Sat. May 18th, 2024

VietNamNet Bridge – A lot of Vietnamese were appointed as the chief executive
officers (CEO) of the multinational conglomerates in Vietnam in 2012, the year
of Dragon.

 

Vietnam, CEOs, training, experience, manufacturingVo Quang Hue, CEO of Robert Bosch Vietnam

The No.1 hired workers

Two important events took place in early July 2012 stirring up the high
technology community in Vietnam. On July 1, Siemens Vietnam announced the
appointment of Dr. Pham Thai Lai to the post of President and CEO. This was for
the first time, Siemens group appointed a Vietnamese to the position.

Just one day later, Vu Minh Tri was accredited to the post of CEO of Microsoft
Vietnam.

Prior to that, on May 16, 2012, Pham The Truong, also a Vietnamese, was
appointed as the CEO of SAP Vietnam, the first Vietnamese CEO in the history of
the group.

On the last days of 2012, Qualcomm designated Thieu Phuong Nam to the post of
regional CEO of Qualcomm in charge of Vietnam, Laos and Cambodia.

In early January 2013, or the last days of the Year of Dragon, two important
pieces of news were announced. IBM decided to assign Vo Tan Long, who was then
the CEO of IBM Vietnam from November 2008 to January 2013, to take care for
special projects of IBM ASEAN, a move that recognizes the special contribution
of Long to IBM Vietnam after four years of working there.

Lenovo has officially appointed Nguyen Minh Son to the post of Lenovo Vietnam.
Son has also been well known in the business circle as he held the high ranking
management positions at IBM, Siemens and Samsungs before.

The year of Dragon was the time when a lot of Vietnamese were appointed as the
CEO of multinational groups. However, they are not the only top “hired workers”
in Vietnam. For the last many years, Pham Phu Ngoc Trai has been on the post of
President and CEO of PepsiCo South East Asia. Trai was one of the first
Vietnamese who were accredited to hold such an important position in a big
international group.

Than Trong Phuc is also a well-known name to Vietnamese. He spent 10 years
working as CEO for Intel Vietnam. He deserved the credit of obtaining the one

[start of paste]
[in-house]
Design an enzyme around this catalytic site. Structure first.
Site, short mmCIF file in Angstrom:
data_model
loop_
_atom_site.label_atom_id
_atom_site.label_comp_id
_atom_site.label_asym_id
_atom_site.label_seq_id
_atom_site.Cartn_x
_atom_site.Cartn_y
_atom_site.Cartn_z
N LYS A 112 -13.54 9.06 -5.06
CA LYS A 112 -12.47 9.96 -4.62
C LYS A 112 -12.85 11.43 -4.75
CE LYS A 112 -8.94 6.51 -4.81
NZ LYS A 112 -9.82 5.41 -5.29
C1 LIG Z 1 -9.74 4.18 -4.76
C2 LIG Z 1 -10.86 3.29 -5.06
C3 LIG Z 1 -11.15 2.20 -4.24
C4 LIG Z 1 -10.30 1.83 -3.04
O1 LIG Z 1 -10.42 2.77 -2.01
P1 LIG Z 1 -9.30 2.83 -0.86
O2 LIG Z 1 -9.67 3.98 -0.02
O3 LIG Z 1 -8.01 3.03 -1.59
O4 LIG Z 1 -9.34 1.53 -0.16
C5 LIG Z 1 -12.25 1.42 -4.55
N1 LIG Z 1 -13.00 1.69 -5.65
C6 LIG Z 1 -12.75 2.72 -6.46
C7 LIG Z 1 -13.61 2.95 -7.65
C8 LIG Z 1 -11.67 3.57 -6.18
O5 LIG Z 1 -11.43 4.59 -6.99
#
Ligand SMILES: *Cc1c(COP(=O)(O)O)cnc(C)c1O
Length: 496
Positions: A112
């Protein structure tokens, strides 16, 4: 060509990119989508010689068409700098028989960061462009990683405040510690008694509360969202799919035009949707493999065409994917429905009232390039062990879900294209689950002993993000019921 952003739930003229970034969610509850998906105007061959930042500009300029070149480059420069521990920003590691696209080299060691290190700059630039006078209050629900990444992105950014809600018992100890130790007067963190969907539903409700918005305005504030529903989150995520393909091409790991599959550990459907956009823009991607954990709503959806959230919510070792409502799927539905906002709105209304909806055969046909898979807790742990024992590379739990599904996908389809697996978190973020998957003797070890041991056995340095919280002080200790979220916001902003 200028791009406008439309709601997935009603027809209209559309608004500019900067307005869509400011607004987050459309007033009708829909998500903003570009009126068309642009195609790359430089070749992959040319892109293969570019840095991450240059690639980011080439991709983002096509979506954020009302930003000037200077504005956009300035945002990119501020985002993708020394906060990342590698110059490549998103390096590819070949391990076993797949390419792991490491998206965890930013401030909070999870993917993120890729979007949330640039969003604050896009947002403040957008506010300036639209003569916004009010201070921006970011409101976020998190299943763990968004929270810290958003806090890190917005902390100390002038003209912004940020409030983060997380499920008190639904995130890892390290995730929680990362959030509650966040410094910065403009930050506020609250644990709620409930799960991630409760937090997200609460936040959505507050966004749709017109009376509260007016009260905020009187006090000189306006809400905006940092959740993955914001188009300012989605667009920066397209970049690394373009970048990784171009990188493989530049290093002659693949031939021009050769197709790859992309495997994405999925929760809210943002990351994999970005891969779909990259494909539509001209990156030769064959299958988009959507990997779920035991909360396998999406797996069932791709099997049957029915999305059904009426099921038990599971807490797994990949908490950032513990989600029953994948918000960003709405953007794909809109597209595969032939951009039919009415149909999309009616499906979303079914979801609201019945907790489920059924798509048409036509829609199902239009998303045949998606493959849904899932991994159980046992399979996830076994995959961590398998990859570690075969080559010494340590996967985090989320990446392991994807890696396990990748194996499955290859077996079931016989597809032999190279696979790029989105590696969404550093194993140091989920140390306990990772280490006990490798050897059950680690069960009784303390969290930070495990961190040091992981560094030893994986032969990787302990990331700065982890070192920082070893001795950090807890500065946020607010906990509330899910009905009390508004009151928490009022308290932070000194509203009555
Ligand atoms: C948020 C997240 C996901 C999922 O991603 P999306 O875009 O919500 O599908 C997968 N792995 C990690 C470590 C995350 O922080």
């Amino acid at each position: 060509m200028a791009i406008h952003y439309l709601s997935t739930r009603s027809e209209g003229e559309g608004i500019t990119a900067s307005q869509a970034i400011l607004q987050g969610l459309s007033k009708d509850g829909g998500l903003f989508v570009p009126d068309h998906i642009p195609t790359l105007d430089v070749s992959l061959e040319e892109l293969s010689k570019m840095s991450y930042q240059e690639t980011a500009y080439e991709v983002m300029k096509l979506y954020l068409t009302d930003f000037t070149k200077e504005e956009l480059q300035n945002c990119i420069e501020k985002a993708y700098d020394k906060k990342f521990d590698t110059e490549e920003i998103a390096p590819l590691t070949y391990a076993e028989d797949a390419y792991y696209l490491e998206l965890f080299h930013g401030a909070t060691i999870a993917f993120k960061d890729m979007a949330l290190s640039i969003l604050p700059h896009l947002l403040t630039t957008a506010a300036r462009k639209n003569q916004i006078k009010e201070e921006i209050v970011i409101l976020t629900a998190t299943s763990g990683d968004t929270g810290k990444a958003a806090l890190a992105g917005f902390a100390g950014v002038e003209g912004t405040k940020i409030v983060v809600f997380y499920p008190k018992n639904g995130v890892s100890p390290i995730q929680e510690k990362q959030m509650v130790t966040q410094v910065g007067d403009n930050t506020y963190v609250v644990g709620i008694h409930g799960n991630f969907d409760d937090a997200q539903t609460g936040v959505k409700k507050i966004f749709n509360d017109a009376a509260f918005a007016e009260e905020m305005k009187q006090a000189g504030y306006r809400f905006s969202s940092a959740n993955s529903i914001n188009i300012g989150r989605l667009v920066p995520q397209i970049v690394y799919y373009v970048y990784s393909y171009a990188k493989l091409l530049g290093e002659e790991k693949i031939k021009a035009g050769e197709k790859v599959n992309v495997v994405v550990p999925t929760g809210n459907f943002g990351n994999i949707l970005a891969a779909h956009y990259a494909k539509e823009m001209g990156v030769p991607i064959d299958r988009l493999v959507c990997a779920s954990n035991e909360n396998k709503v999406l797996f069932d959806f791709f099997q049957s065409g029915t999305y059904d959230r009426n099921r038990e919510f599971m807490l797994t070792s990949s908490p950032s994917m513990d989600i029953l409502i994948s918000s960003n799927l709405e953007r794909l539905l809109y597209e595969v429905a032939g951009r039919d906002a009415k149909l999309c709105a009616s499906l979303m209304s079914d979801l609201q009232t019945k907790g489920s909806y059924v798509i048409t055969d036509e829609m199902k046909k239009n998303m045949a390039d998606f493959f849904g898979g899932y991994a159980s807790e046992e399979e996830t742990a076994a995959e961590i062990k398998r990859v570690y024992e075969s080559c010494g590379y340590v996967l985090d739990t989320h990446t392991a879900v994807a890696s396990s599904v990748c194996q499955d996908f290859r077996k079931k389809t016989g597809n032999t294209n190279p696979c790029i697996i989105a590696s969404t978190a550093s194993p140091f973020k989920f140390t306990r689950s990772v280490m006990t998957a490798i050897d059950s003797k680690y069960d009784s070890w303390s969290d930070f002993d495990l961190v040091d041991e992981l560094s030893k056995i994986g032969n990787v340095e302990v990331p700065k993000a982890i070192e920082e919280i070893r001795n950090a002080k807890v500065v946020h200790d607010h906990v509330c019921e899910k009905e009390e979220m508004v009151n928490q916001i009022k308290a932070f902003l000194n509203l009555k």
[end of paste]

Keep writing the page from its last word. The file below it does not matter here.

billion dollar chipset project for Intel Vietnam. After leaving Intel Vietnam,
Phuc has been working as the CEO of DFJV.

Dam Thu Thuy has been a famous name in the finance and banking sector. She spent
six years working as the CEO of ANZ Vietnam and now she is Deputy President of
ANZ Indochina.

Like many other Vietnamese CEOs, Vo Quang Hue, CEO of Robert Bosch Vietnam is
also a talented person, but unlike them, who have been in charge of market
development, Hue has been holding the important position in the manufacturing
sector.

How much Vietnamese character in being a CEO?

Hue said frankly, that it’s nearly impossible for those, 100 percent Vietnamese,
i.e. lives and studies in Vietnam, and never worked for foreign groups before,
to become a CEO of foreign companies in Vietnam.

Being Vietnamese is a great advantage to manage a company in Vietnam, but one
needs to think globally, have much experience and good business culture
foundation.

Hue himself spent 20 years living and working in Germany. Pham Thai Lai was born
in Vietnam, but he lived and worked in Europe for 30 years. Than Trong Phuc has
been known as a Viet Kieu (overseas Vietnamese). Before taking the office at
Intel Vietnam, Phuc spent 14 years on working for the US Intel. Vu Minh Tri
graduated from a Vietnamese school, but he then studied further at a foreign
university and had much experience in his field.

Manh Ha

By vivian